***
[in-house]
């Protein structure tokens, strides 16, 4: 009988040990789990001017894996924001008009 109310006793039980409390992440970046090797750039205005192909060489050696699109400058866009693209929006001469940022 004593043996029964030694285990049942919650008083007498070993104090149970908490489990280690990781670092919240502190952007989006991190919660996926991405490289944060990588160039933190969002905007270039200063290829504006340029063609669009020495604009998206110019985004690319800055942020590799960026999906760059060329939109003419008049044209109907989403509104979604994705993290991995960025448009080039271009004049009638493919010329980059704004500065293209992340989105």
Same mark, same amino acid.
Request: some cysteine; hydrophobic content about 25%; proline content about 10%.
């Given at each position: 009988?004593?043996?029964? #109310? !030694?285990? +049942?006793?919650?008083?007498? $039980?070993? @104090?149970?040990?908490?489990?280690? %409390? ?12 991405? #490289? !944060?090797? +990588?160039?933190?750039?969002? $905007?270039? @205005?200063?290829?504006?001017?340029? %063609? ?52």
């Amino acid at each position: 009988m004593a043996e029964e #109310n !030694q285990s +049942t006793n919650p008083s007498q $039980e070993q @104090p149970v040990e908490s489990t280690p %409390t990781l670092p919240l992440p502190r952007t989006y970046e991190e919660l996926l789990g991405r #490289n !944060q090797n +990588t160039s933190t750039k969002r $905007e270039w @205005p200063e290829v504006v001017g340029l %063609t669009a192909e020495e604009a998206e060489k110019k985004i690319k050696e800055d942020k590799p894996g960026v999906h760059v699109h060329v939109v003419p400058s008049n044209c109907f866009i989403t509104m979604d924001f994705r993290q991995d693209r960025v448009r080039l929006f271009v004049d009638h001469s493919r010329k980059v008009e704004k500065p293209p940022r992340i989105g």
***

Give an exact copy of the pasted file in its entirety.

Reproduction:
[in-house]
């Protein structure tokens, strides 16, 4: 009988040990789990001017894996924001008009 109310006793039980409390992440970046090797750039205005192909060489050696699109400058866009693209929006001469940022 004593043996029964030694285990049942919650008083007498070993104090149970908490489990280690990781670092919240502190952007989006991190919660996926991405490289944060990588160039933190969002905007270039200063290829504006340029063609669009020495604009998206110019985004690319800055942020590799960026999906760059060329939109003419008049044209109907989403509104979604994705993290991995960025448009080039271009004049009638493919010329980059704004500065293209992340989105």
Same mark, same amino acid.
Request: some cysteine; hydrophobic content about 25%; proline content about 10%.
């Given at each position: 009988?004593?043996?029964? #109310? !030694?285990? +049942?006793?919650?008083?007498? $039980?070993? @104090?149970?040990?908490?489990?280690? %409390? ?12 991405? #490289? !944060?090797? +990588?160039?933190?750039?969002? $905007?270039? @205005?200063?290829?504006?001017?340029? %063609? ?52």
């Amino acid at each position: 009988m004593a043996e029964e #109310n !030694q285990s +049942t006793n919650p008083s007498q $039980e070993q @104090p149970v040990e908490s489990t280690p %409390t990781l670092p919240l992440p502190r952007t989006y970046e991190e919660l996926l789990g991405r #490289n !944060q090797n +990588t160039s933190t750039k969002r $905007e270039w @205005p200063e290829v504006v001017g340029l %063609t669009a192909e020495e604009a998206e060489k110019k985004i690319k050696e800055d942020k590799p894996g960026v999906h760059v699109h060329v939109v003419p400058s008049n044209c109907f866009i989403t509104m979604d924001f994705r993290q991995d693209r960025v448009r080039l929006f271009v004049d009638h001469s493919r010329k980059v008009e704004k500065p293209p940022r992340i989105g």